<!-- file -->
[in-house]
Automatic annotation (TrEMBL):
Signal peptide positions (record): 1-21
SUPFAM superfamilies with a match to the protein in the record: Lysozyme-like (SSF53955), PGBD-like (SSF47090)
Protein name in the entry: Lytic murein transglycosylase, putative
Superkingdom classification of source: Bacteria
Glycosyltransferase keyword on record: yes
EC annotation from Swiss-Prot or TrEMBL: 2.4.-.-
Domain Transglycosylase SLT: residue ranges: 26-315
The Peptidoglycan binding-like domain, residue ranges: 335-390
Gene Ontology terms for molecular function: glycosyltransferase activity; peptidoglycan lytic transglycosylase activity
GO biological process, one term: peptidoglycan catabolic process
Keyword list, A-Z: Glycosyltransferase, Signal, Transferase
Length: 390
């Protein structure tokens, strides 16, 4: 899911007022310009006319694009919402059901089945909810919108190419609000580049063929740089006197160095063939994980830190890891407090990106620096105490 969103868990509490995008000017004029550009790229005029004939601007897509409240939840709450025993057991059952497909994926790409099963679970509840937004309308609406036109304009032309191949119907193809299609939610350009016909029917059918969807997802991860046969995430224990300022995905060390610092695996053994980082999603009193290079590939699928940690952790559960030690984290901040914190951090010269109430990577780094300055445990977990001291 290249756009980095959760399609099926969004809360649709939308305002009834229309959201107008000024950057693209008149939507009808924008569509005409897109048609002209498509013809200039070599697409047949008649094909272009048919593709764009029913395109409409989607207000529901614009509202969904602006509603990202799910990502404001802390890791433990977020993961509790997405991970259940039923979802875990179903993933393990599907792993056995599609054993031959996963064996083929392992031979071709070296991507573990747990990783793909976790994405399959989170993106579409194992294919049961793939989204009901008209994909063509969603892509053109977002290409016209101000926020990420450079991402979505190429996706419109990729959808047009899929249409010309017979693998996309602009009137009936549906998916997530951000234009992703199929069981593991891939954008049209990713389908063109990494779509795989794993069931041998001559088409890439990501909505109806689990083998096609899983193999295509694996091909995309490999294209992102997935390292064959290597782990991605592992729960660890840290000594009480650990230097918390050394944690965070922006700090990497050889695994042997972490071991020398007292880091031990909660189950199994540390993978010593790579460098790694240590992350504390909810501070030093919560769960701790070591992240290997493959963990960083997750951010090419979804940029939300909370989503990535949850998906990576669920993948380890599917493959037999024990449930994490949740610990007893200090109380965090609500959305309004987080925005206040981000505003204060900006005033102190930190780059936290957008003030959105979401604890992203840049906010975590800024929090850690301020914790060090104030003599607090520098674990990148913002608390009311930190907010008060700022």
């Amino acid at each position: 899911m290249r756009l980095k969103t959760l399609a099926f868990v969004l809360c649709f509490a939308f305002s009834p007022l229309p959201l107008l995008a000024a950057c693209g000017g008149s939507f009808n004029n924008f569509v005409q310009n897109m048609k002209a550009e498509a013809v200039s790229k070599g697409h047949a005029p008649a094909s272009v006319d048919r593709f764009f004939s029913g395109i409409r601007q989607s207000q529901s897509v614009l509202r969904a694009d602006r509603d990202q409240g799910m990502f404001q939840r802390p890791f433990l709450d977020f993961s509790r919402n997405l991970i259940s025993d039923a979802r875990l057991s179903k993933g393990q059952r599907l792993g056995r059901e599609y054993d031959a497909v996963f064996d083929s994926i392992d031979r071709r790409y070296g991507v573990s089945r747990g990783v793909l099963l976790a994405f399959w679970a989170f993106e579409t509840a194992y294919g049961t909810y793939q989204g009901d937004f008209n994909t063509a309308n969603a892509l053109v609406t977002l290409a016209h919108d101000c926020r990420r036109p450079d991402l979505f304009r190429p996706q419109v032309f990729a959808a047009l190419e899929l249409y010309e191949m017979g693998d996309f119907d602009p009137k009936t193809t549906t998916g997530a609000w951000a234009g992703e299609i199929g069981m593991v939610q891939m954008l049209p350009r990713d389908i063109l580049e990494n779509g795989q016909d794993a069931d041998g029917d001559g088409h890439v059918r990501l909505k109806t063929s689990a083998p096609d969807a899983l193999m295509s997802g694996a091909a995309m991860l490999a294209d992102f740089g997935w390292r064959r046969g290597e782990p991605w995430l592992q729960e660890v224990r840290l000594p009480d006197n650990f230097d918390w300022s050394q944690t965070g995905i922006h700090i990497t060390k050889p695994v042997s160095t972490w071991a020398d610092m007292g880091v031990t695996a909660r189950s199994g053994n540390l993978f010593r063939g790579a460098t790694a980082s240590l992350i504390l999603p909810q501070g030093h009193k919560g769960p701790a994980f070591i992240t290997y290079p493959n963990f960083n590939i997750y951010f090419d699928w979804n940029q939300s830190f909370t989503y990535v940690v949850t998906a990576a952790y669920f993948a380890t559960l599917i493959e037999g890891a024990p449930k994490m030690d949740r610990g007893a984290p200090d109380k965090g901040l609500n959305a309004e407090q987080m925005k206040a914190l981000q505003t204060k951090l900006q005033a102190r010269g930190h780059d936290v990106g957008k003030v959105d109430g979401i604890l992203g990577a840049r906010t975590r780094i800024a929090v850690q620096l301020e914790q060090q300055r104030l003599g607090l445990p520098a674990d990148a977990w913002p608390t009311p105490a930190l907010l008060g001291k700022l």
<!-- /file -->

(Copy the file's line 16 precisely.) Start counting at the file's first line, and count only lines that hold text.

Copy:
């Amino acid at each position: 899911m290249r756009l980095k969103t959760l399609a099926f868990v969004l809360c649709f509490a939308f305002s009834p007022l229309p959201l107008l995008a000024a950057c693209g000017g008149s939507f009808n004029n924008f569509v005409q310009n897109m048609k002209a550009e498509a013809v200039s790229k070599g697409h047949a005029p008649a094909s272009v006319d048919r593709f764009f004939s029913g395109i409409r601007q989607s207000q529901s897509v614009l509202r969904a694009d602006r509603d990202q409240g799910m990502f404001q939840r802390p890791f433990l709450d977020f993961s509790r919402n997405l991970i259940s025993d039923a979802r875990l057991s179903k993933g393990q059952r599907l792993g056995r059901e599609y054993d031959a497909v996963f064996d083929s994926i392992d031979r071709r790409y070296g991507v573990s089945r747990g990783v793909l099963l976790a994405f399959w679970a989170f993106e579409t509840a194992y294919g049961t909810y793939q989204g009901d937004f008209n994909t063509a309308n969603a892509l053109v609406t977002l290409a016209h919108d101000c926020r990420r036109p450079d991402l979505f304009r190429p996706q419109v032309f990729a959808a047009l190419e899929l249409y010309e191949m017979g693998d996309f119907d602009p009137k009936t193809t549906t998916g997530a609000w951000a234009g992703e299609i199929g069981m593991v939610q891939m954008l049209p350009r990713d389908i063109l580049e990494n779509g795989q016909d794993a069931d041998g029917d001559g088409h890439v059918r990501l909505k109806t063929s689990a083998p096609d969807a899983l193999m295509s997802g694996a091909a995309m991860l490999a294209d992102f740089g997935w390292r064959r046969g290597e782990p991605w995430l592992q729960e660890v224990r840290l000594p009480d006197n650990f230097d918390w300022s050394q944690t965070g995905i922006h700090i990497t060390k050889p695994v042997s160095t972490w071991a020398d610092m007292g880091v031990t695996a909660r189950s199994g053994n540390l993978f010593r063939g790579a460098t790694a980082s240590l992350i504390l999603p909810q501070g030093h009193k919560g769960p701790a994980f070591i992240t290997y290079p493959n963990f960083n590939i997750y951010f090419d699928w979804n940029q939300s830190f909370t989503y990535v940690v949850t998906a990576a952790y669920f993948a380890t559960l599917i493959e037999g890891a024990p449930k994490m030690d949740r610990g007893a984290p200090d109380k965090g901040l609500n959305a309004e407090q987080m925005k206040a914190l981000q505003t204060k951090l900006q005033a102190r010269g930190h780059d936290v990106g957008k003030v959105d109430g979401i604890l992203g990577a840049r906010t975590r780094i800024a929090v850690q620096l301020e914790q060090q300055r104030l003599g607090l445990p520098a674990d990148a977990w913002p608390t009311p105490a930190l907010l008060g001291k700022l």